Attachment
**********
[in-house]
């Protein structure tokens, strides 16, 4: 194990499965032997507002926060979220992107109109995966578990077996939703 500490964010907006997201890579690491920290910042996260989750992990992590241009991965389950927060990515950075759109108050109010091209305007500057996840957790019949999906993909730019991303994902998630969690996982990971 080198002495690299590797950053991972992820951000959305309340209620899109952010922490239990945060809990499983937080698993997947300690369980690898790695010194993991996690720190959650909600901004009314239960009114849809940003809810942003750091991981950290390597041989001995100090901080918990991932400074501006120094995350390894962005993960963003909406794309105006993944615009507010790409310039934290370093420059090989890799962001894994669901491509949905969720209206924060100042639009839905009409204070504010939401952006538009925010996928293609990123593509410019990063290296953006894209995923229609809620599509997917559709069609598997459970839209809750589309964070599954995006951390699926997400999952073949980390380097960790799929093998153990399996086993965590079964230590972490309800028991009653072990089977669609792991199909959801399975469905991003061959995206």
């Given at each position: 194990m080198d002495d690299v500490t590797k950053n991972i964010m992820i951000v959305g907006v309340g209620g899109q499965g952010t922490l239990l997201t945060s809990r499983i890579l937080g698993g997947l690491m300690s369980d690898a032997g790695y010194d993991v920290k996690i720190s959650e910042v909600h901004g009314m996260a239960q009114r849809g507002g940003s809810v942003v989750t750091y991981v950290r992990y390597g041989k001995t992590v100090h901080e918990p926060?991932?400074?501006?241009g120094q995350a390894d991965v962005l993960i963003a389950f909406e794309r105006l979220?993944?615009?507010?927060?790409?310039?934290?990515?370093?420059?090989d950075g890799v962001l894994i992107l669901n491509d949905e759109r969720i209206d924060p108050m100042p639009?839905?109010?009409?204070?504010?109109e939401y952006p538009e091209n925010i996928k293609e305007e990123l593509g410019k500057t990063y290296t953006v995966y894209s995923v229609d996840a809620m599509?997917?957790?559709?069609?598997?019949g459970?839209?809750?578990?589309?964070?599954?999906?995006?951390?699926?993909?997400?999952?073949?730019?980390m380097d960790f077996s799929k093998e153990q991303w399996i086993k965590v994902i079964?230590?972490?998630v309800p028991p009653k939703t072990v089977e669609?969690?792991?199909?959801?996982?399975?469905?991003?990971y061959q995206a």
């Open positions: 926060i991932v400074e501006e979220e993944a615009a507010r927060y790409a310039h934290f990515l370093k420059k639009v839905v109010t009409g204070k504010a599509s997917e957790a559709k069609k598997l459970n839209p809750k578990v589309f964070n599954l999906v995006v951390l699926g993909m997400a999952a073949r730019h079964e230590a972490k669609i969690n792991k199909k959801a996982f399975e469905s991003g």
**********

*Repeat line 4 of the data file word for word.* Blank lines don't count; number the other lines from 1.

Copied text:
């Open positions: 926060i991932v400074e501006e979220e993944a615009a507010r927060y790409a310039h934290f990515l370093k420059k639009v839905v109010t009409g204070k504010a599509s997917e957790a559709k069609k598997l459970n839209p809750k578990v589309f964070n599954l999906v995006v951390l699926g993909m997400a999952a073949r730019h079964e230590a972490k669609i969690n792991k199909k959801a996982f399975e469905s991003g």